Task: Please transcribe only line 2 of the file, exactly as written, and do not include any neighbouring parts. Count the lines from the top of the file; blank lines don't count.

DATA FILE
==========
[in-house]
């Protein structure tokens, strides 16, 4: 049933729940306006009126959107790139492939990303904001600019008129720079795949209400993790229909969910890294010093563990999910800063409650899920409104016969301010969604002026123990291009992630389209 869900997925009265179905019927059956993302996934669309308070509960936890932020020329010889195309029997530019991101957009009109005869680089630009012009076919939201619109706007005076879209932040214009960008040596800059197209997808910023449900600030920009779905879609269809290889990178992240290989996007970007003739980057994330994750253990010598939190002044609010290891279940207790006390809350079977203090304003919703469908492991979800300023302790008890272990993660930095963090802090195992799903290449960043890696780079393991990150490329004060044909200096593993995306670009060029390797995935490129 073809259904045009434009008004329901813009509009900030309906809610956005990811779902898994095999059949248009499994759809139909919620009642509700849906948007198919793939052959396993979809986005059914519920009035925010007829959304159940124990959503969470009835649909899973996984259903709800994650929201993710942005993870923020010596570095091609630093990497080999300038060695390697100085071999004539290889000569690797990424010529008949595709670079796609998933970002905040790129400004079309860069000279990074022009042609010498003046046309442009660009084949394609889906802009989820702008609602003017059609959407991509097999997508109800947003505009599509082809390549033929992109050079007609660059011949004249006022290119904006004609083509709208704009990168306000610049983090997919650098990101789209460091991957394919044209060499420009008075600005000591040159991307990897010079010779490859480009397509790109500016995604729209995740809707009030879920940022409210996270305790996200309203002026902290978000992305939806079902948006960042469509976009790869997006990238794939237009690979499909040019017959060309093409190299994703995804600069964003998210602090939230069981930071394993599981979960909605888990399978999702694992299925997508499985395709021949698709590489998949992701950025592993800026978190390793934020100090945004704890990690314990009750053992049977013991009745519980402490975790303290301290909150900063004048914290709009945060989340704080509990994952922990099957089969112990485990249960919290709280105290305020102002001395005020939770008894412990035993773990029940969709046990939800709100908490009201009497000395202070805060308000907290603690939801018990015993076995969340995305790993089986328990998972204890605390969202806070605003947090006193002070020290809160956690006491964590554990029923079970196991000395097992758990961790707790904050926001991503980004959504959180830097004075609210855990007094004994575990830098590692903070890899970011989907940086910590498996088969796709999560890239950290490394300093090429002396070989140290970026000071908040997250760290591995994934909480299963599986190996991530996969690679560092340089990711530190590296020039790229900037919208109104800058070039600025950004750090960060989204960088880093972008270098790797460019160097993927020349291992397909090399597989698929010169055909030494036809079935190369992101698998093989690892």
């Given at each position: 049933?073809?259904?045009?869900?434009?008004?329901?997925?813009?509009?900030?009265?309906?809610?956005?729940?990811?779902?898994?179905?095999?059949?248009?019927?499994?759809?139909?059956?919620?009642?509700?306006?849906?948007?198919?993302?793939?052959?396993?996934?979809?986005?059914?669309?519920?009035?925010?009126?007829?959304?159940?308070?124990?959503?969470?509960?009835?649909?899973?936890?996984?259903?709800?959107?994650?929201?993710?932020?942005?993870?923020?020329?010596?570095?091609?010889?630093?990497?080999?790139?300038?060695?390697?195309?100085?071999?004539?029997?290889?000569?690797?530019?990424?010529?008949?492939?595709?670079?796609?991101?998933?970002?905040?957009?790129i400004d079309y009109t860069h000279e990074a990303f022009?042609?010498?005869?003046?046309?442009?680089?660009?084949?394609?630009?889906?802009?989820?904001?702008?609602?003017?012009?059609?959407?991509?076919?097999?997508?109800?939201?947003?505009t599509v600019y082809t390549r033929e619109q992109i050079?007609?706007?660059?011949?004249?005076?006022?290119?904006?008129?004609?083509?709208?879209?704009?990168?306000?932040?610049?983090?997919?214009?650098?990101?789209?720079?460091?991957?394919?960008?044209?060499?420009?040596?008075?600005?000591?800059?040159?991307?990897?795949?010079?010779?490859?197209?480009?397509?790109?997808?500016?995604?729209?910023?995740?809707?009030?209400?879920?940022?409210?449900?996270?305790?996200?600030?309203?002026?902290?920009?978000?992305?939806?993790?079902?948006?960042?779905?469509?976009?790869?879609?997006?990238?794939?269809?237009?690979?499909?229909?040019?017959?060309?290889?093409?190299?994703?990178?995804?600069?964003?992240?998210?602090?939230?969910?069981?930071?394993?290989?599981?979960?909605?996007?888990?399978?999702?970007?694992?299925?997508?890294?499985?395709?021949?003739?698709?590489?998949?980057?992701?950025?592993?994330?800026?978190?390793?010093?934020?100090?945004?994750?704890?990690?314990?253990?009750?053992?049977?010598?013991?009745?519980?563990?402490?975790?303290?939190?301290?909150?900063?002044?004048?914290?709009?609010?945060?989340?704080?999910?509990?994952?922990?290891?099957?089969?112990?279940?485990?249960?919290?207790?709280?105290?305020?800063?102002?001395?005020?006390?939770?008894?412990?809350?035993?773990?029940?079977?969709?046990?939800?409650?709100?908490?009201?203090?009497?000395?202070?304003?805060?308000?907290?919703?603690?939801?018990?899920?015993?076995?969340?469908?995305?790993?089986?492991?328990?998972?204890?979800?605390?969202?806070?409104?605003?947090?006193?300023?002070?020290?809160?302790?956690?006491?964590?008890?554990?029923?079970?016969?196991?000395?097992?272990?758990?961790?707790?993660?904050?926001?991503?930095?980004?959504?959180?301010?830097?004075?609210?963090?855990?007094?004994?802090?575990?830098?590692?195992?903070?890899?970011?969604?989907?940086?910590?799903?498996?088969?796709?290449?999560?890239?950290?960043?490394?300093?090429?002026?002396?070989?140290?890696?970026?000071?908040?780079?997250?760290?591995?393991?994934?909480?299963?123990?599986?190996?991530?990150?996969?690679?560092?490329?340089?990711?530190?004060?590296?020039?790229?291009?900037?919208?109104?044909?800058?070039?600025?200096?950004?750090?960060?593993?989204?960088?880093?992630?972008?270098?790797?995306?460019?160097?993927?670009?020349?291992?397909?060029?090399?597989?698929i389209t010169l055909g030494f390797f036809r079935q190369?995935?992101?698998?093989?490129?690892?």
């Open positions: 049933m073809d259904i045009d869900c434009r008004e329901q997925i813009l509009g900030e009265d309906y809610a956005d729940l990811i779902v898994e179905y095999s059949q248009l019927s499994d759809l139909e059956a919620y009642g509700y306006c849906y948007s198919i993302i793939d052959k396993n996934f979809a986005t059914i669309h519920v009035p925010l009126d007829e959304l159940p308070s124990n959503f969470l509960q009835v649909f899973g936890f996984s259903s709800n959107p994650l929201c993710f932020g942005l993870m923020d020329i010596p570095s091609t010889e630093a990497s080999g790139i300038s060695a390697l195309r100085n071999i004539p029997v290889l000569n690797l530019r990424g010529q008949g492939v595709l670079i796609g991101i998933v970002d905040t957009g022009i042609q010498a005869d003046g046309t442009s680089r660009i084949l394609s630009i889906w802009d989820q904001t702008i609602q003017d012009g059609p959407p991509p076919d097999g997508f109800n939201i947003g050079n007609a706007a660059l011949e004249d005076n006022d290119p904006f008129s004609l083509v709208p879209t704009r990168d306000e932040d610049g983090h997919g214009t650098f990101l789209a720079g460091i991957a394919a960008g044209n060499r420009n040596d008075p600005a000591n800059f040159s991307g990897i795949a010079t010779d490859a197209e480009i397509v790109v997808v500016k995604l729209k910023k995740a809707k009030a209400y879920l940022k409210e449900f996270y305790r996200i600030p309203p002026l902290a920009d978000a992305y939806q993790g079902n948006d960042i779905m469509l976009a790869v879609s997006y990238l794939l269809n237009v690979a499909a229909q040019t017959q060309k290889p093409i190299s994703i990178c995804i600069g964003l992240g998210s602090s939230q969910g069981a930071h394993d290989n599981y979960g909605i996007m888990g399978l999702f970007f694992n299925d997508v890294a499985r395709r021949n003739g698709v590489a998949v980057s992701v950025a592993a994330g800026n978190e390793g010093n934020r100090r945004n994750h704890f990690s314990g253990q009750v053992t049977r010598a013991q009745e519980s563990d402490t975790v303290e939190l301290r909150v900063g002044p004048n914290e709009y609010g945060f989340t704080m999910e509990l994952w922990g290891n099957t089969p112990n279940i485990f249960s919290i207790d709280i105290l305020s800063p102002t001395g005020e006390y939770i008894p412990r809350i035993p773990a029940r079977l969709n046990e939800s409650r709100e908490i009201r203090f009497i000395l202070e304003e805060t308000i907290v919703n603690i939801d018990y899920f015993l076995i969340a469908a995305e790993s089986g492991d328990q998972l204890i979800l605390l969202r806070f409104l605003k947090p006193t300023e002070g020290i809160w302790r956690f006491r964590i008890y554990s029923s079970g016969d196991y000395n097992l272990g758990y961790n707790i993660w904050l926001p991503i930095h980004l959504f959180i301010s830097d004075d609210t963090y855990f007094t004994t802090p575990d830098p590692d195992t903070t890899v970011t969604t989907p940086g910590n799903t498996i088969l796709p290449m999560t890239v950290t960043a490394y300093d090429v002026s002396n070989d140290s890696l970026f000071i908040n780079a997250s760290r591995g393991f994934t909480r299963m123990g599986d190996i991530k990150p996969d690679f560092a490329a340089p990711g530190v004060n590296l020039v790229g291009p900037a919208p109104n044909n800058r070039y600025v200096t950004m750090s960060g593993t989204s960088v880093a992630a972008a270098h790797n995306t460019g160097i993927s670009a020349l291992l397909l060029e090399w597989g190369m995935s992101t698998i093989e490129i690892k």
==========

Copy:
């Protein structure tokens, strides 16, 4: 049933729940306006009126959107790139492939990303904001600019008129720079795949209400993790229909969910890294010093563990999910800063409650899920409104016969301010969604002026123990291009992630389209 869900997925009265179905019927059956993302996934669309308070509960936890932020020329010889195309029997530019991101957009009109005869680089630009012009076919939201619109706007005076879209932040214009960008040596800059197209997808910023449900600030920009779905879609269809290889990178992240290989996007970007003739980057994330994750253990010598939190002044609010290891279940207790006390809350079977203090304003919703469908492991979800300023302790008890272990993660930095963090802090195992799903290449960043890696780079393991990150490329004060044909200096593993995306670009060029390797995935490129 073809259904045009434009008004329901813009509009900030309906809610956005990811779902898994095999059949248009499994759809139909919620009642509700849906948007198919793939052959396993979809986005059914519920009035925010007829959304159940124990959503969470009835649909899973996984259903709800994650929201993710942005993870923020010596570095091609630093990497080999300038060695390697100085071999004539290889000569690797990424010529008949595709670079796609998933970002905040790129400004079309860069000279990074022009042609010498003046046309442009660009084949394609889906802009989820702008609602003017059609959407991509097999997508109800947003505009599509082809390549033929992109050079007609660059011949004249006022290119904006004609083509709208704009990168306000610049983090997919650098990101789209460091991957394919044209060499420009008075600005000591040159991307990897010079010779490859480009397509790109500016995604729209995740809707009030879920940022409210996270305790996200309203002026902290978000992305939806079902948006960042469509976009790869997006990238794939237009690979499909040019017959060309093409190299994703995804600069964003998210602090939230069981930071394993599981979960909605888990399978999702694992299925997508499985395709021949698709590489998949992701950025592993800026978190390793934020100090945004704890990690314990009750053992049977013991009745519980402490975790303290301290909150900063004048914290709009945060989340704080509990994952922990099957089969112990485990249960919290709280105290305020102002001395005020939770008894412990035993773990029940969709046990939800709100908490009201009497000395202070805060308000907290603690939801018990015993076995969340995305790993089986328990998972204890605390969202806070605003947090006193002070020290809160956690006491964590554990029923079970196991000395097992758990961790707790904050926001991503980004959504959180830097004075609210855990007094004994575990830098590692903070890899970011989907940086910590498996088969796709999560890239950290490394300093090429002396070989140290970026000071908040997250760290591995994934909480299963599986190996991530996969690679560092340089990711530190590296020039790229900037919208109104800058070039600025950004750090960060989204960088880093972008270098790797460019160097993927020349291992397909090399597989698929010169055909030494036809079935190369992101698998093989690892």